I always had a strong sense of empathy in my work from the get-go, but I had to really understand the futility of photojournalism in order to effectively wield its power. And part of going up against a story that’s so incredibly big — and also, from my perspective, just getting bigger with every step I took, in terms of what I knew had to be done — that futility really came into sharp focus for me.
When I started out, I thought, if people could just see this, it would help somehow. And sure, it does help for us to know about it, but documenting an environmental disaster and a cultural disaster as another step in the broader trajectory of settler colonialism in Canada and the world is important because future generations and future leaders will have a much better understanding of this context.
I could tell you if I went through my archive, but perhaps what’s more interesting is that I’ve lost count. I did the math at one point and I think I was averaging about a month a year of field work on this project. And then I won a grant which funded a great deal of travel and I put quite a lot of work into the project in 2018 and 2019. I would say over 10 times.
When I first met Warren, I didn’t know he had cancer. I had gone to a birthday party with Alice Rigney. She is a friend of mine in Fort Chip that I met on my first trip there — kind of like a teacher, mentor. She’s a Dene Elder. I went to this birthday party for her grandson. Warren was there because Alice is Warren’s aunt. I remember my first impression of him was he was just a very sweet, soft spoken and kind man with a wonderful laugh. Just a nice guy to be around.
And the other thing that really struck me about Warren is that he was sitting in the one spot in the house where when the clouds broke, the sun came through the window and it just hit him like a spotlight. I remember sitting there, like, not knowing anything about him and thinking, “this is really incredible light, I should really take a picture of this guy.” But I didn’t really know him. I was at the birthday party in more of a social capacity and I wasn’t sure if it was my place to photograph him in that moment. But I just kind of looked at him in this beautiful light and I thought, there’s something about this guy. After the party, Alice told me that Warren had cholangiocarcinoma. And I asked Alice if Warren would be comfortable talking to me about that and she said he would. So we met up after that and the relationship took form from there.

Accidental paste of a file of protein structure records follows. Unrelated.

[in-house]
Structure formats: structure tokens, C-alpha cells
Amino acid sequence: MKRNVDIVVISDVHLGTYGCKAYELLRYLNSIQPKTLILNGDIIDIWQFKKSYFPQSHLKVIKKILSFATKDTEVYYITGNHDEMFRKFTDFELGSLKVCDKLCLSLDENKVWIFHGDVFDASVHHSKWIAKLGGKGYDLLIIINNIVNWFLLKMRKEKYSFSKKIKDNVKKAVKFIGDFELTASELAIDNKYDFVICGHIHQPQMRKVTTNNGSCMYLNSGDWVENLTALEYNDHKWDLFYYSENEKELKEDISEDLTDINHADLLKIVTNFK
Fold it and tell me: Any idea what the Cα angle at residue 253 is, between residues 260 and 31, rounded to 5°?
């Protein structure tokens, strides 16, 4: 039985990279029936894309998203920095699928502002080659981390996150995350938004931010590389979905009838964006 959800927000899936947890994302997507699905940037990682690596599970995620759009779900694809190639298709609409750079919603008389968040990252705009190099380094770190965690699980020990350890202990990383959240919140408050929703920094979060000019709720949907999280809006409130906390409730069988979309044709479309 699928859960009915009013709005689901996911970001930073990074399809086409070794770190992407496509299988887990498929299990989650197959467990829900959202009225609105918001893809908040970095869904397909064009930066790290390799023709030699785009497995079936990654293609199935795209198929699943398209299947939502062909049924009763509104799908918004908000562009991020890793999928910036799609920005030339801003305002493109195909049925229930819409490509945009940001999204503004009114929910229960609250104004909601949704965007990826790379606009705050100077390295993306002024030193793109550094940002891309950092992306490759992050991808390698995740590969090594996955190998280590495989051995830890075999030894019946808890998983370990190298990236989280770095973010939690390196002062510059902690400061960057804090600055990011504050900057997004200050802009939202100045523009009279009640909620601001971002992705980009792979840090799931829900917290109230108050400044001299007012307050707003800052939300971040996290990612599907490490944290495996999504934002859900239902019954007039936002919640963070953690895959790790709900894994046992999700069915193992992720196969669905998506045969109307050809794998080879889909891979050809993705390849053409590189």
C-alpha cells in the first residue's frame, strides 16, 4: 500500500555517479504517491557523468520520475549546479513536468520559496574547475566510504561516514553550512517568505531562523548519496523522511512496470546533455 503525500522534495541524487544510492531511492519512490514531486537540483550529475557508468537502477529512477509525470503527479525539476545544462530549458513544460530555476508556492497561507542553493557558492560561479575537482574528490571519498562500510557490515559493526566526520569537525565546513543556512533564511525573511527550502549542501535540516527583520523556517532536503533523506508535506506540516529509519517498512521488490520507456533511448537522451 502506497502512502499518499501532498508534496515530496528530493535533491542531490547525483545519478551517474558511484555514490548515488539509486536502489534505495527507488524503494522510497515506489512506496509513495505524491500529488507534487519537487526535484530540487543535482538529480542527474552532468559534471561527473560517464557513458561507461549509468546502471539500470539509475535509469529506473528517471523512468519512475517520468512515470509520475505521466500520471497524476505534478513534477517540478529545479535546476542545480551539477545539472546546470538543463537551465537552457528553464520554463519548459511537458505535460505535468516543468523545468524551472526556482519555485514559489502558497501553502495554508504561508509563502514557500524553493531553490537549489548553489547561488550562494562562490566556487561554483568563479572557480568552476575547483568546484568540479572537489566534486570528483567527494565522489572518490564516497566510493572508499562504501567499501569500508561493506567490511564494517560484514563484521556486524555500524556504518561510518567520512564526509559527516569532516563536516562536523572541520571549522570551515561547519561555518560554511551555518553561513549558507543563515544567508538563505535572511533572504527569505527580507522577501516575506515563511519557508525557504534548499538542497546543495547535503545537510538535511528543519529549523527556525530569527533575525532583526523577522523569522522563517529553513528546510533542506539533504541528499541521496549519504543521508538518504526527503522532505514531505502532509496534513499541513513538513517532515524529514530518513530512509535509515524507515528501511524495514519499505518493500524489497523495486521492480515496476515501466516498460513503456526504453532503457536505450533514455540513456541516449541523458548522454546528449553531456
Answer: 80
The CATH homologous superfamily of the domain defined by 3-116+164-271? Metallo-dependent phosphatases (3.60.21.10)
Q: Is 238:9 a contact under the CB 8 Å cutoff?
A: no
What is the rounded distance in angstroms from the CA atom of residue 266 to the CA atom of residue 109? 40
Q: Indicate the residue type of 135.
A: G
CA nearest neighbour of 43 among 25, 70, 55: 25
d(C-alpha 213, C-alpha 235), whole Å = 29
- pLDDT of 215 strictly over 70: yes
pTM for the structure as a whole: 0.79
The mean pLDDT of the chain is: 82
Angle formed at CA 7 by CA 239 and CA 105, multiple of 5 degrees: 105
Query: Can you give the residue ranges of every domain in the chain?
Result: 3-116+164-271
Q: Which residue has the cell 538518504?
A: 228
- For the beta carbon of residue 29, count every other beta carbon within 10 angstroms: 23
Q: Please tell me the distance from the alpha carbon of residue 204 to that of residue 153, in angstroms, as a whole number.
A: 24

I made a point to spend a good amount of time with Warren for the rest of that trip. We drove around in his truck and he liked being photographed so I was taking his picture and we were just chatting a bit about his time working for Suncor. It was an interesting thing to meet somebody who was Indigenous who had worked in industry, who was very open about it, who was also affected by this cancer — because it made the whole story far more grey, in a sense. It was really powerful to talk to Warren about the way he felt about working for industry versus seeing the environmental impacts in his community and ultimately contracting a lethal cancer he believed came from oilsands.
Reporting on Indigenous issues as a white person carries an extra degree of responsibility and it’s not something I take lightly. I think there are a lot of very important discussions happening in our industry right now about “parachute journalism” and journalists reporting on places and cultures they don’t have lived experience with. And it’s true, these can be very, very big problems, and they can lead to journalists turning in work that is actually doing harm in communities. But I’d like to think it can be done — outsiders can report on these things in a fair and just way. It’s just important to recognize that there’s extra work involved in terms of bridging that gap.
Yeah, exactly. One of the most important things I would like to say is that I owe a huge thanks to editors Sharon Riley and Denise Balkissoon. They really helped a lot and without them the piece wouldn’t be nearly as effective. So thanks to them especially and everybody at The Narwhal for seeing potential in, and being brave enough to publish, this project in its entirety.